"The President of the United States of America takes pleasure in presenting the Silver Star to Corporal Richard J. Blasinski (MCSN: 1071442), United States Marine Corps, for conspicuous gallantry and intrepidity while serving with Company H, Third Battalion, Seventh Marines, FIRST Marine Division (Reinforced), during action against enemy aggressor forces in Korea on 27 November 1950. When his unit was attacked and overrun by a numerically superior hostile force, Corporal Blasinski quickly reorganized his squad and deployed them to localize the enemy penetration. Moving from end to end of his unit, he placed the men in advantageous firing positions, ignoring the heavy enemy fire directed on the area. Courageously remaining in an exposed position, he competently and effectively supervised return fire which directly aided the company in halting the hostile advance. During the brief respite which followed, he evacuated his wounded and, on his own initiative, skillfully improved his defenses. When the enemy attacked again, he boldly led his men through intense small arms, machine gun and grenade fire, engaging the hostile troops in fierce hand-to-hand combat, dislodging the enemy from their well-entrenched positions and securing the flank. Covering the reorganization of the company, he successfully warded off hostile probes until the remainder of the unit was in position. By his aggressive determination, outstanding leadership and unwavering devotion to duty in the face of heavy enemy opposition, Corporal Blasinski upheld the highest traditions of the United States Naval Service."
In addition to his participation in the Wonsan-Hungnam-Chosin campaign in North Korea, Blasinski took part in the capture and securing of Seoul Korea and he saw action against enemy forces in South and Central Korea.
Blasinski was discharged July 15, 1952. He then transferred USMC Reserves where he served the remainder of his military career and also worked at Wickwire Steel Company and General Motors.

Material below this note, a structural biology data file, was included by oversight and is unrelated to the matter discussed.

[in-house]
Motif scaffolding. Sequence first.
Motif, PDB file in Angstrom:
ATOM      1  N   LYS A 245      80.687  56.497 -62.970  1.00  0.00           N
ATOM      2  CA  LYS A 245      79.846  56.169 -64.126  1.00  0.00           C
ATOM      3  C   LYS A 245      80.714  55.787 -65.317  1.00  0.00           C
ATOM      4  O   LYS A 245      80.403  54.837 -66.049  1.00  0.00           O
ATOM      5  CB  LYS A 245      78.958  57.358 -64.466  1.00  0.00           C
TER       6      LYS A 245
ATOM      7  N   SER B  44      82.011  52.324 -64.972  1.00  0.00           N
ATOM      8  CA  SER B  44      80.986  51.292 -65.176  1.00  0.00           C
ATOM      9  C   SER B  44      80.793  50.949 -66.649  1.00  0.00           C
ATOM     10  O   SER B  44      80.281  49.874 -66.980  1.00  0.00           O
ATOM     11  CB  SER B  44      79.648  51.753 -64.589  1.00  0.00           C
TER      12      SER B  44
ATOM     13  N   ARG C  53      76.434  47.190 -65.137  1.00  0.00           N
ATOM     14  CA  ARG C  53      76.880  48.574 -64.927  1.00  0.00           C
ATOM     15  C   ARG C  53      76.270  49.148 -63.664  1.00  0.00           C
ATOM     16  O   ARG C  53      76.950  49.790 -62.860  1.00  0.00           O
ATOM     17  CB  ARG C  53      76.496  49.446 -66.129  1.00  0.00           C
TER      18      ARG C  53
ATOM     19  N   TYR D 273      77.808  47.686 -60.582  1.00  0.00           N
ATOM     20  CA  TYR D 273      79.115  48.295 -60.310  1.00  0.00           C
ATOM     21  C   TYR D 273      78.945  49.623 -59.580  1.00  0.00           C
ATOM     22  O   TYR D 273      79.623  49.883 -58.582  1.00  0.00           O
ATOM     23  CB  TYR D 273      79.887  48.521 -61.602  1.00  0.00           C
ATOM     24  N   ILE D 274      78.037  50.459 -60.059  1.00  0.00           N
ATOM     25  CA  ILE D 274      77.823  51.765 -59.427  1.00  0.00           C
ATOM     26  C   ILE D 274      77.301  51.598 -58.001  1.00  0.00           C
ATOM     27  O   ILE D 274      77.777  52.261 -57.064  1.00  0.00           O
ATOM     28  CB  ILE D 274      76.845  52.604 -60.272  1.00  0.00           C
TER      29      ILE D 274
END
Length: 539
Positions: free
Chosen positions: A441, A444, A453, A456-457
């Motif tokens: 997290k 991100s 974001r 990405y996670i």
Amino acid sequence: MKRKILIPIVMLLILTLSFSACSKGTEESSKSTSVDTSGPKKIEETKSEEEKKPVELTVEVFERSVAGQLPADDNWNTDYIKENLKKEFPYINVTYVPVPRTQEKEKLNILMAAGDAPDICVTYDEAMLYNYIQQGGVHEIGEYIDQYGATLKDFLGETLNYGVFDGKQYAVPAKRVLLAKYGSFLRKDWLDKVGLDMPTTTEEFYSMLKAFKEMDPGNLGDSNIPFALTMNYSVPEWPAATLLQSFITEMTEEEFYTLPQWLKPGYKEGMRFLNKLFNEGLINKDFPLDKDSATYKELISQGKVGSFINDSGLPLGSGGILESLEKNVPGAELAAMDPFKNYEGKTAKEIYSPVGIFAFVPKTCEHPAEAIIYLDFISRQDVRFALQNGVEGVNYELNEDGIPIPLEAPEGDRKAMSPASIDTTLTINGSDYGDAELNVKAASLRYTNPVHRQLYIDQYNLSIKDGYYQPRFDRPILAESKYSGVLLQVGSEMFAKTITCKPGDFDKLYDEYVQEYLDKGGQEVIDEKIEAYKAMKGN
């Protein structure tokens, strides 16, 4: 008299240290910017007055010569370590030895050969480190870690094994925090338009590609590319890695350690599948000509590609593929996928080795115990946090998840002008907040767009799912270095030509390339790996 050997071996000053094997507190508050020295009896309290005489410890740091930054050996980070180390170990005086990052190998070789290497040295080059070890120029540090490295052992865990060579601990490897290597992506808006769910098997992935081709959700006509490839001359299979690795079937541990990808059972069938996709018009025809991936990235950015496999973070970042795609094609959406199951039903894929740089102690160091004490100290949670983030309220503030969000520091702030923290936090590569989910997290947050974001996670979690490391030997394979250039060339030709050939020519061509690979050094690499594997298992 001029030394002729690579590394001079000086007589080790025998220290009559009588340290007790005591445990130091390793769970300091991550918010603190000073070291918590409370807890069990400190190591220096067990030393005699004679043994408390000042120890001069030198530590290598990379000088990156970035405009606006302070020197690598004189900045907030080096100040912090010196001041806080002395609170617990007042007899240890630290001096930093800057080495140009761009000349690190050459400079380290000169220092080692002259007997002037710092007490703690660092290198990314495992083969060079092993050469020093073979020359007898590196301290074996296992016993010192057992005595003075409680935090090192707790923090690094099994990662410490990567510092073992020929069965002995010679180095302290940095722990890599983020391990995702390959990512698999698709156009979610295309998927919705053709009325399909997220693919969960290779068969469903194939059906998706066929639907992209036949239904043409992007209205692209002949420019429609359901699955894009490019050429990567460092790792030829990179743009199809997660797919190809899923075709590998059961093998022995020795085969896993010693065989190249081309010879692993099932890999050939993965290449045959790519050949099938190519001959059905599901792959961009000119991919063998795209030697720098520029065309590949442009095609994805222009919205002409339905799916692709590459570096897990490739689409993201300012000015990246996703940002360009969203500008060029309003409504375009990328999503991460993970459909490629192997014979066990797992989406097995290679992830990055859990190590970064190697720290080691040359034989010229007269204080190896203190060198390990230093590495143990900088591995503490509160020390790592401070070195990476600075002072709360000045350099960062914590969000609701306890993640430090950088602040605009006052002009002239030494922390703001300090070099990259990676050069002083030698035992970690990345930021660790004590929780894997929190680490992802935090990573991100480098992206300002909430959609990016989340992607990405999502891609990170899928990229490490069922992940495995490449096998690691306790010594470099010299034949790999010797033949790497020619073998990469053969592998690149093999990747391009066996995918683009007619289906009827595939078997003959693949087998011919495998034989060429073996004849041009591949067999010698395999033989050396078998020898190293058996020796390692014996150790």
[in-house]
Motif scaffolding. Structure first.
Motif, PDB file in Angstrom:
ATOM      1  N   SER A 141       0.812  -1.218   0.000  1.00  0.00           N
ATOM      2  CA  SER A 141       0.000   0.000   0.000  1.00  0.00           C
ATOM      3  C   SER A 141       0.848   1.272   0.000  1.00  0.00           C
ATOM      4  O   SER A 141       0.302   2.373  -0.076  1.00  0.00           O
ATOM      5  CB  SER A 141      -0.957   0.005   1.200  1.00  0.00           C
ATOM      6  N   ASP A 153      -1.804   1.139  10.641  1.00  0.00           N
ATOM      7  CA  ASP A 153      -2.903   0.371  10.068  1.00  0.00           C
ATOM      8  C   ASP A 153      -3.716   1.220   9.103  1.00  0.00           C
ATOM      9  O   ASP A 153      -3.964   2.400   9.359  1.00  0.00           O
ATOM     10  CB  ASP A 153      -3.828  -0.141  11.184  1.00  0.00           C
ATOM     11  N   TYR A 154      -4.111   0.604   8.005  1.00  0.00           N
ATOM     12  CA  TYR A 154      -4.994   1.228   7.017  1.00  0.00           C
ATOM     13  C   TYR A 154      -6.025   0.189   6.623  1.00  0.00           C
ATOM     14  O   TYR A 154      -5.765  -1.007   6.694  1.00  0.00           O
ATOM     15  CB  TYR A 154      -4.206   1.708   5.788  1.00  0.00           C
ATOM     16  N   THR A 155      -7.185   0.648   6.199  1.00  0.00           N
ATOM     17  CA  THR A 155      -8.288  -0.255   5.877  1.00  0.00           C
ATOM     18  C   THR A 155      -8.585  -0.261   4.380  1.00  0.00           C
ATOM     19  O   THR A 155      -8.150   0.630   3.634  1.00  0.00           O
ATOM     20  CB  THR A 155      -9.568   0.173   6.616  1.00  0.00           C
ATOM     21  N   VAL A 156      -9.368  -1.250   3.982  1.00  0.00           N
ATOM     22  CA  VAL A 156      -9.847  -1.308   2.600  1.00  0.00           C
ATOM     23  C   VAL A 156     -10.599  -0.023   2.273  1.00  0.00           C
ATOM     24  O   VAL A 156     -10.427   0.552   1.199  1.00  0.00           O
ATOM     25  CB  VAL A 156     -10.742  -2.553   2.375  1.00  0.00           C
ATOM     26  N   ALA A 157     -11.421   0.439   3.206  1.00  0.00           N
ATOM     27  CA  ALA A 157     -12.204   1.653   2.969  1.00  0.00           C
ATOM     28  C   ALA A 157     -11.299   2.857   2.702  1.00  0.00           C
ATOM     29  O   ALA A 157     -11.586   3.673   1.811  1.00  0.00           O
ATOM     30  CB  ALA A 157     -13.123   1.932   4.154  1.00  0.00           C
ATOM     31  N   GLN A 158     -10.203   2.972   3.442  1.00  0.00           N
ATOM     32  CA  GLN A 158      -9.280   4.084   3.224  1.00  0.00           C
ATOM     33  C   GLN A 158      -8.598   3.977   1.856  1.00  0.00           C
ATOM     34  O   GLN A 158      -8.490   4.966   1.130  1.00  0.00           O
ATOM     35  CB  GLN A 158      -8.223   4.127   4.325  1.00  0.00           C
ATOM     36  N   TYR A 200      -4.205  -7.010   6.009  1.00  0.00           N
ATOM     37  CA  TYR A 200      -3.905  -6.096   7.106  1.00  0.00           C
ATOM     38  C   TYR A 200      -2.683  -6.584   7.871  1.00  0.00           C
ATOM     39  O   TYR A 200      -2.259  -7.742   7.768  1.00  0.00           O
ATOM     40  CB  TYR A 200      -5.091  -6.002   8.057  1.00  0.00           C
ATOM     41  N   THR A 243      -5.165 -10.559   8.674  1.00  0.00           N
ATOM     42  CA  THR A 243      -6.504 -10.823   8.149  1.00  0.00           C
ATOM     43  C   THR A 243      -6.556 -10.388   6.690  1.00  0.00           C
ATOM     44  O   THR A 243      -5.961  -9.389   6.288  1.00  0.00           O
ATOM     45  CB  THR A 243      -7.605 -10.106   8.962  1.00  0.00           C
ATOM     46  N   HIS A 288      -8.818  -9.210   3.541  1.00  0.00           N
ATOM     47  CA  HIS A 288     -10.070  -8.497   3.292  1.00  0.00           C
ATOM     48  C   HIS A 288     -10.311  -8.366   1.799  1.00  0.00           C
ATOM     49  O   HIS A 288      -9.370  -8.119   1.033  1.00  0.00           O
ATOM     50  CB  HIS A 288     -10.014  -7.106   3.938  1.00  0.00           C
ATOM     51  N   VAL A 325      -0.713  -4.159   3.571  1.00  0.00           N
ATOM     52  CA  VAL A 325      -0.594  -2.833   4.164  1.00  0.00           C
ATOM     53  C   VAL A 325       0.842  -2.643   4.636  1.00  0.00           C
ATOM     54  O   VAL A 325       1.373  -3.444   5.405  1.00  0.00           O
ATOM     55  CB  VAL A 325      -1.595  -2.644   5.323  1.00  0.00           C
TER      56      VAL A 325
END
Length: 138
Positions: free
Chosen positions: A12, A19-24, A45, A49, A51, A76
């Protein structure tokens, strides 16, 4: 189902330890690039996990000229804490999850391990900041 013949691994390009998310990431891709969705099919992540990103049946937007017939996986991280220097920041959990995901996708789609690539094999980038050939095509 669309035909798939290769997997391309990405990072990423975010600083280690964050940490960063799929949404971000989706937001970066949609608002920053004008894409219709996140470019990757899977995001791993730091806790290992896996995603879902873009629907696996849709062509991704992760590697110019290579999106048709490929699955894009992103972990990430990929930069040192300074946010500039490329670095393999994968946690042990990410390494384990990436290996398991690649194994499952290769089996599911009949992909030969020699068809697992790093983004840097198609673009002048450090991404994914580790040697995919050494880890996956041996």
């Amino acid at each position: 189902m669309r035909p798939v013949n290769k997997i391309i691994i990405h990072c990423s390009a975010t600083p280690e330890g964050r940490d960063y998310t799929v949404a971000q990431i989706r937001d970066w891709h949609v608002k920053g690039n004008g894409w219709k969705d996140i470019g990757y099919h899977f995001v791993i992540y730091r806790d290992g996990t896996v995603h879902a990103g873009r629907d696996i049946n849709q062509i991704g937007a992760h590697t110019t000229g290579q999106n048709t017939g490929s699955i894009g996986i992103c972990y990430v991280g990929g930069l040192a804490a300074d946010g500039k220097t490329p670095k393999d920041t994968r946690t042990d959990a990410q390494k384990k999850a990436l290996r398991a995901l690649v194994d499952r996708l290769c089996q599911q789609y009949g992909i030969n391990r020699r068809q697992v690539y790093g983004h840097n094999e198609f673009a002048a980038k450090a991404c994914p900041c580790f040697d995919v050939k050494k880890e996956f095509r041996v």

To honor Blasinski, Higgins presented his family with the Silver Star Medal, Combat Action Ribbon (Korea), Presidential Unit Citation with one bronze star, Marine Corps Good Conduct Medal, Navy Occupation Service Medal with Europe clasp, National Defense Service Medal, Korea Service Medal with three bronze campaign stars, Republic of Korea Presidential Unit Citation, United National Service Medal, Republic of Korea War Service Medal and Cold War Certificate. The Silver Star is one of the highest military decorations for valor that can be awarded to a person serving in the U.S. Armed Forces.
Higgins presented the medals at Charles N. DeGlopper Memorial VFW Post No. 9249, which is named after Private First Class Charles N. DeGlopper, a Grand Island native who posthumously received the Medal of Honor, which is the highest award of the U.S. military. DeGlopper received the award for his sacrifice and heroism while serving in the U.S. Army during the Invasion of Normandy in World War II.
Blasinski's daughter, Carol Blasinski-Rhonemus, is a member of the Ladies Auxiliary at the VFW Post on Grand Island.